Three Counties Show - history
It's one of the biggest events of the year in Herefordshire and Worcestershire and can be traced right back to 1794.
The origins of the show can be traced right back to 1797 and John Clerk. In a book, with the eye-catching title of General Views on Agriculture in the County of Hereford, he pointed out that there was no agricultural society in the county.
This clearly struck a chord with the local farmers, as a society was formed the same year.
School trip to the show
They held their first Show in 1798 on the streets of Hereford, with the event being overseen by the Earl of Oxford.
There was no money on offer as a prize in those days, but there were three splendid silver goblets to be won.
Momentum for a bigger show began to develop when the Herefordshire Society merged first with Worcestershire in 1894, and then with Gloucestershire in 1922.
The result was the Three Counties Agricultural Society, and the show of the same name.
Home by the hills
It wasn't until 1958 that the show got its permanent home in the shadow of the Malvern Hills.
Before that the show was staged at a many different locations, including Abervagenny, Monmouth, Kidderminster and Droitwich, Worcester's Pitchcroft and Spetchley Park and Staverton Airport in Gloucestershire.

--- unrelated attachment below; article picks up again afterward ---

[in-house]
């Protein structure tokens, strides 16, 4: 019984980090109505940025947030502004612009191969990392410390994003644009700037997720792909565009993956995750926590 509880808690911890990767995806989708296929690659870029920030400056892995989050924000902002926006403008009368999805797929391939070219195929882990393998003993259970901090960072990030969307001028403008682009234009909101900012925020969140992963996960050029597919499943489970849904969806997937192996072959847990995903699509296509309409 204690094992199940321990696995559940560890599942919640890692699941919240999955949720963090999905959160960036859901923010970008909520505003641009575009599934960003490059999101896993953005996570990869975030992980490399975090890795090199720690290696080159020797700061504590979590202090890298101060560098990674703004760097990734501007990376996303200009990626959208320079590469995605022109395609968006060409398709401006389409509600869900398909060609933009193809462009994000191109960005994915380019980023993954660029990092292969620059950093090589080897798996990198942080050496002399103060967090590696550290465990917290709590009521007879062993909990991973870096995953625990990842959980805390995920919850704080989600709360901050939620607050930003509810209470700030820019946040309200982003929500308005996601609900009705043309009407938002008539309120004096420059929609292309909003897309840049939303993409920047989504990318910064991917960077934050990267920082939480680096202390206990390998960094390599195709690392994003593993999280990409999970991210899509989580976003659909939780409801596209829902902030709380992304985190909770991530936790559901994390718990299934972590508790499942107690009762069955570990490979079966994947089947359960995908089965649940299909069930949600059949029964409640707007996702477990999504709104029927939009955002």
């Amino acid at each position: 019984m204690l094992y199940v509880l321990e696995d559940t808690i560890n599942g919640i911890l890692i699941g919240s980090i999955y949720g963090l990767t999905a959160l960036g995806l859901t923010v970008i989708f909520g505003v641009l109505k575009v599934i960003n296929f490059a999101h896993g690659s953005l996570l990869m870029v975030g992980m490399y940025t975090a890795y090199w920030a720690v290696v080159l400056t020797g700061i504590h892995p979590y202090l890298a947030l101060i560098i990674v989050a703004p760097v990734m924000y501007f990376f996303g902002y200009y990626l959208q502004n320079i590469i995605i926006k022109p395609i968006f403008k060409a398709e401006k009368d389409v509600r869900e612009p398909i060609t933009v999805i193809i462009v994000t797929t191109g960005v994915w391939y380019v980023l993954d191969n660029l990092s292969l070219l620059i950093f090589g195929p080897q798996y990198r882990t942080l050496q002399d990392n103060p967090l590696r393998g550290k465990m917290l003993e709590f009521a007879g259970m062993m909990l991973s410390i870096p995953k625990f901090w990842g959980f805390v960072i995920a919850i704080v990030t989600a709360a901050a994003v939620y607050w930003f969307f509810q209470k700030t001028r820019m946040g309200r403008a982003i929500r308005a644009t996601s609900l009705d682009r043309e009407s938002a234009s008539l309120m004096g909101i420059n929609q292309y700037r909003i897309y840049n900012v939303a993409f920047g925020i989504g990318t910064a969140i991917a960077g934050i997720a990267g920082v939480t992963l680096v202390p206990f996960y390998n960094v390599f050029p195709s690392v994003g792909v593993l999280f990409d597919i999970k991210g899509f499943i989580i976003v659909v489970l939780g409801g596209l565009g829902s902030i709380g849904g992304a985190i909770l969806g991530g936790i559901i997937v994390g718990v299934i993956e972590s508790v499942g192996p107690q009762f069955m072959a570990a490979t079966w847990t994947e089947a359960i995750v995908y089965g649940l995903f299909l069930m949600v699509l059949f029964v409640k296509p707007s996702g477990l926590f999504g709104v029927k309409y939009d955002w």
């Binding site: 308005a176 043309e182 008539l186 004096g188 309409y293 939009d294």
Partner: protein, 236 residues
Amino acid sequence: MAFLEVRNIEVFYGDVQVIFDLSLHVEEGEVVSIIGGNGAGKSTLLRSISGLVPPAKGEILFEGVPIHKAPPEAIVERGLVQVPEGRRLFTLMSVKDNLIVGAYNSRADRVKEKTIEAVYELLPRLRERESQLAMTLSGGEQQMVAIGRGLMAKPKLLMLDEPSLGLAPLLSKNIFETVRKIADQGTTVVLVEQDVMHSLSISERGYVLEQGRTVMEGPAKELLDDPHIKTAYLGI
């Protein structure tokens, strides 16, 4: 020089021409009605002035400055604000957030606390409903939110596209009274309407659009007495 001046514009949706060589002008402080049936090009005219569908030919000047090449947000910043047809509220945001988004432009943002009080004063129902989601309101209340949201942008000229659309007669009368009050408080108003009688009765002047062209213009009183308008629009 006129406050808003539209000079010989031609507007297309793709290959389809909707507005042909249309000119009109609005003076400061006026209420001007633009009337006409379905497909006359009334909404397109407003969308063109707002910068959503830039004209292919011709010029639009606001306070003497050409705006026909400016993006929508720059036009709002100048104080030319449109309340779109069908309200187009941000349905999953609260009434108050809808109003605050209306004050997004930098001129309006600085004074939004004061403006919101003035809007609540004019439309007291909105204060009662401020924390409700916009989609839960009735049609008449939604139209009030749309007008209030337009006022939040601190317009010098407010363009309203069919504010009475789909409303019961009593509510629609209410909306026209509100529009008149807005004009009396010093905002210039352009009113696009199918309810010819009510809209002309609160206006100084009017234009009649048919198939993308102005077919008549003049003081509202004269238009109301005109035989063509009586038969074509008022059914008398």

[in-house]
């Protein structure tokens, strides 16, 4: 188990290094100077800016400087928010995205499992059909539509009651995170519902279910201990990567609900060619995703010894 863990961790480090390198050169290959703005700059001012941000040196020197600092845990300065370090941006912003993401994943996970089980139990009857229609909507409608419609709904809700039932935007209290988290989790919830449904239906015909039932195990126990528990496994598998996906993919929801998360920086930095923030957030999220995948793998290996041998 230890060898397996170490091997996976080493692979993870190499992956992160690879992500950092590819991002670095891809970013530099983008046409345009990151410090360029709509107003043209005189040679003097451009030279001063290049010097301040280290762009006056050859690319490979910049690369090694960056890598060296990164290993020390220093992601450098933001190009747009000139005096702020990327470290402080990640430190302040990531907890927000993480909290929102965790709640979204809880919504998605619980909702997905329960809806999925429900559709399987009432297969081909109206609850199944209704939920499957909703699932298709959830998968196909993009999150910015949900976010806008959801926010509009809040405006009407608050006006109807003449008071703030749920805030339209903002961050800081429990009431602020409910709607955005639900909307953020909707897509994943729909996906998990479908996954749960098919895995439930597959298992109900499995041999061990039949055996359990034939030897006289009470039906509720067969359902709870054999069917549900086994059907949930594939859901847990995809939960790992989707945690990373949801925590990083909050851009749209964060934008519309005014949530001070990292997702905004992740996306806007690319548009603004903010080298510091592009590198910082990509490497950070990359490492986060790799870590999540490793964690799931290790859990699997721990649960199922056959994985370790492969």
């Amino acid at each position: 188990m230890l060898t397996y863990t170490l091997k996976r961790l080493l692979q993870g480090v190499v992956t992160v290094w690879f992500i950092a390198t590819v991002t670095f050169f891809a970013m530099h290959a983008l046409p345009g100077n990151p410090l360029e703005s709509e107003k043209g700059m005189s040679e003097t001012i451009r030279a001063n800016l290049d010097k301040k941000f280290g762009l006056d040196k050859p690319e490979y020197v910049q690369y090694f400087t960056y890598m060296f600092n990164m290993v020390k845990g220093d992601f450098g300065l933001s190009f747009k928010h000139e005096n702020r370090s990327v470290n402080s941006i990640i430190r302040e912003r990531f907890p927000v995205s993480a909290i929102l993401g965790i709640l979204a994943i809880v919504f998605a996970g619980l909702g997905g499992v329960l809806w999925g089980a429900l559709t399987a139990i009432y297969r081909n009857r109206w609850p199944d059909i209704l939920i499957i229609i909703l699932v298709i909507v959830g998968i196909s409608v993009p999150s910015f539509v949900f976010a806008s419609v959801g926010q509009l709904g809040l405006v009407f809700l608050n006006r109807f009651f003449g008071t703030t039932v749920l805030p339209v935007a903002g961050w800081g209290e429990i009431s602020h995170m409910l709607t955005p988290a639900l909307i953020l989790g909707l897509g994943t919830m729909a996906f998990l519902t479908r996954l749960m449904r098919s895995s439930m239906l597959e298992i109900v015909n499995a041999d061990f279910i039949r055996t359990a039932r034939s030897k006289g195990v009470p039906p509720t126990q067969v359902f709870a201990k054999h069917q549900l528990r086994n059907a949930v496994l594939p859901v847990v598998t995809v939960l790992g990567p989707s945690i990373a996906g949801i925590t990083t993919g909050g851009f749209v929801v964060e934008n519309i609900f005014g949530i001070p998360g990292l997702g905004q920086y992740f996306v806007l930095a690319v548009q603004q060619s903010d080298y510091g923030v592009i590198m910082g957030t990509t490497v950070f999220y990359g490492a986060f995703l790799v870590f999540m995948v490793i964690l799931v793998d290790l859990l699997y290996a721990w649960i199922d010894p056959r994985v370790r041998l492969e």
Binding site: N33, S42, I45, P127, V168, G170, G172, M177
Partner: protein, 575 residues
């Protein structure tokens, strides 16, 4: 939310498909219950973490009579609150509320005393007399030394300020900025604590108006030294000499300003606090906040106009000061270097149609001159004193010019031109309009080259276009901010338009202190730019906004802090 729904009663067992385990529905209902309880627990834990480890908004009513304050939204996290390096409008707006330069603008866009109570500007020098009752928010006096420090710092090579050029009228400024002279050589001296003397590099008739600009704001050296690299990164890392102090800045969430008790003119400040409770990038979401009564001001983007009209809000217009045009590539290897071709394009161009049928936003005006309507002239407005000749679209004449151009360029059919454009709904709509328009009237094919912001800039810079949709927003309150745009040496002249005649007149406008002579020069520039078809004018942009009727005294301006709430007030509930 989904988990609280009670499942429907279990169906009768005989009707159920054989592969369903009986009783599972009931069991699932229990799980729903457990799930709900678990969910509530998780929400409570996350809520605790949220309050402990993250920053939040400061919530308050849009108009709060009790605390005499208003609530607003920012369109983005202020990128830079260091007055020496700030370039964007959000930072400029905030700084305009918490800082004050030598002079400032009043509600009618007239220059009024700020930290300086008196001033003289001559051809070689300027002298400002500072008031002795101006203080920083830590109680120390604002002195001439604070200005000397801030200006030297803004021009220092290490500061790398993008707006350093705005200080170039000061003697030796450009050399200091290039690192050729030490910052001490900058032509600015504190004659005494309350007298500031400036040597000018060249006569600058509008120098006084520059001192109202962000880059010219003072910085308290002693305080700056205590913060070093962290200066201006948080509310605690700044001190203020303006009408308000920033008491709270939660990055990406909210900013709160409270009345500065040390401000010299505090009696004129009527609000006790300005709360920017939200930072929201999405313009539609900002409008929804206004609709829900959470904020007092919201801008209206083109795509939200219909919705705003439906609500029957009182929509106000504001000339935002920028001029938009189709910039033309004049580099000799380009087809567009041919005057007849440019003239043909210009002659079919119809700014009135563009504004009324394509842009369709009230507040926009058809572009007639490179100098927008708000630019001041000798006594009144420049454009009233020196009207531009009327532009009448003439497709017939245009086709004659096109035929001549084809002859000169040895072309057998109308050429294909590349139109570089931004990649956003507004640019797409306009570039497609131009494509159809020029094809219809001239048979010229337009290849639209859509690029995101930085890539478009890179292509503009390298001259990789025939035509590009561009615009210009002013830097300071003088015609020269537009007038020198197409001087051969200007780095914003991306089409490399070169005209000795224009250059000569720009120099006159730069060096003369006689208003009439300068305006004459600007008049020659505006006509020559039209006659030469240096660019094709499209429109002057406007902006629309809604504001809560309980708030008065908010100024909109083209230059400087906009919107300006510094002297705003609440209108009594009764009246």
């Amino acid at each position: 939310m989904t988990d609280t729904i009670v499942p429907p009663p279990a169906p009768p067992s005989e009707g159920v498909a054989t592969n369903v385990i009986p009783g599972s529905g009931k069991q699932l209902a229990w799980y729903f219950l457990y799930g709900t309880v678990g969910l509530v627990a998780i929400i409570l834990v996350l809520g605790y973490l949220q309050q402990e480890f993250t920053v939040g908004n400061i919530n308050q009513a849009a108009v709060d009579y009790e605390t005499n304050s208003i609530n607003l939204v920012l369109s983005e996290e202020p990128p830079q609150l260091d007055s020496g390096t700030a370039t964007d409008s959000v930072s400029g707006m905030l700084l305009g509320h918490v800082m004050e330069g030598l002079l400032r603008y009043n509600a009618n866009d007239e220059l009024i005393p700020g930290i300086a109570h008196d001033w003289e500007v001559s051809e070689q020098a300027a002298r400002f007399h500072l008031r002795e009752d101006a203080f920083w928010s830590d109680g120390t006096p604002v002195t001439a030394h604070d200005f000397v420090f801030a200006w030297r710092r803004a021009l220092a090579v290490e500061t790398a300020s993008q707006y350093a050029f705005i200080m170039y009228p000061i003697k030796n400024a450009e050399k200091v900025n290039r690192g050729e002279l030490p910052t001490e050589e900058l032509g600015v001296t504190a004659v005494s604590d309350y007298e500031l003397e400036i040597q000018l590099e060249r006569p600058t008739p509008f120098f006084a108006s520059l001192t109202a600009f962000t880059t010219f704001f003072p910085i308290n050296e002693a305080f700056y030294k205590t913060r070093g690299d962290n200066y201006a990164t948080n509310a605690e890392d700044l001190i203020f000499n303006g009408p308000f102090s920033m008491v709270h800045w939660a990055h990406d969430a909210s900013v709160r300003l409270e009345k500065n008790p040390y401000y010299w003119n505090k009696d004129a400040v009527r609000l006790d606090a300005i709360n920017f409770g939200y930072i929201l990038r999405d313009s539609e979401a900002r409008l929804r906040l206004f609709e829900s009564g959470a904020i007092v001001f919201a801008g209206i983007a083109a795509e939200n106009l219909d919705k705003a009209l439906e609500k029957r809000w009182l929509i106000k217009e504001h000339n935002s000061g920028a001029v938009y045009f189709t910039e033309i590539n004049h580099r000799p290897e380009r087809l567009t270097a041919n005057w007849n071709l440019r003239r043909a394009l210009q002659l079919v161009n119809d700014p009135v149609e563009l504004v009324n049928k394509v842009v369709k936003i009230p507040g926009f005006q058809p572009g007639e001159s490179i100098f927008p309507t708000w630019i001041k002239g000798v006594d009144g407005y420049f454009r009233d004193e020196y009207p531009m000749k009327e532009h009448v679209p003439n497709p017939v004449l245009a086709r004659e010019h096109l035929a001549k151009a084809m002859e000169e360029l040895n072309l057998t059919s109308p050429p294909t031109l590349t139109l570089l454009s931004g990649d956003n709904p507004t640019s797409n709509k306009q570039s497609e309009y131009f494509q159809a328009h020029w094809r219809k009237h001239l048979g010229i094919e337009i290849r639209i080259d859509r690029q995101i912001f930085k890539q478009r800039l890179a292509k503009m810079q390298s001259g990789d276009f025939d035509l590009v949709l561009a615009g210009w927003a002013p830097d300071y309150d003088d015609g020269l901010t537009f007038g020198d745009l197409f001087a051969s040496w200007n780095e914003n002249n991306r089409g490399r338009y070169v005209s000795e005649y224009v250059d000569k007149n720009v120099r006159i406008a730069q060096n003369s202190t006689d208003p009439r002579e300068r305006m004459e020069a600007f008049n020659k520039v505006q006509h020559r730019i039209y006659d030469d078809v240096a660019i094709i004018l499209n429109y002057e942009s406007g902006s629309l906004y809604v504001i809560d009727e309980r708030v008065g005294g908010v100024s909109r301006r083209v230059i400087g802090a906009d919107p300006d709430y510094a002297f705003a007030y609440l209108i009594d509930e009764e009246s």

One of the attempts to stage the show at a different venue backfired badly.
In 1924, the Prime Minister Stanley Baldwin MP was elected President, and it was decided to stage the show at Pitchcroft in Worcester.
Unfortunately the heavens opened, the rain fell, and floods of eight feet engulfed the racecourse, and most of the marquees.
There were no shows in 1917 and 1918, due to World War I, and the first show after World War II fell victim to an outbreak of foot and mouth.
The showground site at Malvern covers 70 acre and the whole area owned by the society is 300 acres, including the 100 year old Langdale Wood.
last updated: 18/06/2009 at 14:19
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